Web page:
The aim of this study is to explore the significance of the body as a project for
an understanding of physical activity among women with a spinal cord injury
(SCI). The majority of sociological research has treated the above concepts
in isolation. In order to explore this area the work of sociologist Erving
Goffman (1963) has therefore been used to construct a theoretical framework.
Throughout this study it is assumed that the body occupies a dual location as
the property of the embodied individual, as well as the property of society
where its meaning is constructed. Particular attention is given to the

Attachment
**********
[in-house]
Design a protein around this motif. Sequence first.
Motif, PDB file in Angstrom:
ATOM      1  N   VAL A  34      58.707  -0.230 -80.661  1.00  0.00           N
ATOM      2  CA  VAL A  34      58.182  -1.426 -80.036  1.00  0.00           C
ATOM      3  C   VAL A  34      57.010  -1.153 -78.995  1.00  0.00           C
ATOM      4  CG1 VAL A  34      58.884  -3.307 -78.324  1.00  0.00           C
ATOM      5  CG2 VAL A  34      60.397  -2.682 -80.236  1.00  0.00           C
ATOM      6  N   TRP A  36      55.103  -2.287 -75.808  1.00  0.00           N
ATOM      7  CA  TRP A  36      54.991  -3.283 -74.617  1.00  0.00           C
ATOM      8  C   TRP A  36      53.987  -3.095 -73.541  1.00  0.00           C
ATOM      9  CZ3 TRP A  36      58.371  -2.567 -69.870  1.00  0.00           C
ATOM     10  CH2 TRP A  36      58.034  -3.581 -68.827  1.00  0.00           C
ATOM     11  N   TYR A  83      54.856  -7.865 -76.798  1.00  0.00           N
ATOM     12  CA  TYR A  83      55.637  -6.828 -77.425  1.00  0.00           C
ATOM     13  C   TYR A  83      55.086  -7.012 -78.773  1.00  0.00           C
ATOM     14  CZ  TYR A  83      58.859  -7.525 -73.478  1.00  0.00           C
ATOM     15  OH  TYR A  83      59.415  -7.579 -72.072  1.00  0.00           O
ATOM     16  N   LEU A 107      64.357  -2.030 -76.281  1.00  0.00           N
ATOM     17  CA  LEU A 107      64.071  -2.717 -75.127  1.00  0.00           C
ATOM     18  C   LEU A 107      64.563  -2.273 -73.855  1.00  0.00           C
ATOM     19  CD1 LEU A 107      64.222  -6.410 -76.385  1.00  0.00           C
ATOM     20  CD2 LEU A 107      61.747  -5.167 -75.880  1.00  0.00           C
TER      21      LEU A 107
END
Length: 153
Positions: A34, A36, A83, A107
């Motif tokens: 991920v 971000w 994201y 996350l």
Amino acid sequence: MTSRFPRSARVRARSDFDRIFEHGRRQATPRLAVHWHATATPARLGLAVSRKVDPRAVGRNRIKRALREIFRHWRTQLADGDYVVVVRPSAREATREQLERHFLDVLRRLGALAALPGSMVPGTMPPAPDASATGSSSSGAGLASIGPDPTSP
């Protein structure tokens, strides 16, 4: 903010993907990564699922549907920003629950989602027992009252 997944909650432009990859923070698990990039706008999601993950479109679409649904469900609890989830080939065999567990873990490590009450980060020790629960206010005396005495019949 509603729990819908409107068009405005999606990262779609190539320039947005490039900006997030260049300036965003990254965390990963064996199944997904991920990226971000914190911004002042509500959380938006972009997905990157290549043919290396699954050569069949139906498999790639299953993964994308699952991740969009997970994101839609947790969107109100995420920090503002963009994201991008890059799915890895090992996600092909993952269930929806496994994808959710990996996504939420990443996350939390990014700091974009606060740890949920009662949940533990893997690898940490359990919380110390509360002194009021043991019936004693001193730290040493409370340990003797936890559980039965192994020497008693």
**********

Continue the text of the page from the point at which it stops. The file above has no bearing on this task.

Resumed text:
construction of the social body (focusing upon the rules and expectations
surrounding its construction), in order to reveal the important concepts of
femininity and disability. It will emerge throughout this exploration, how these
Socially constructed concepts may weave a confusing web for a SCI woman
who wishes to work at her body project with the use of physical activity.
A Master's Thesis. Submitted in partial fulfilment of the requirements for the award of Master of Philosophy at Loughborough University.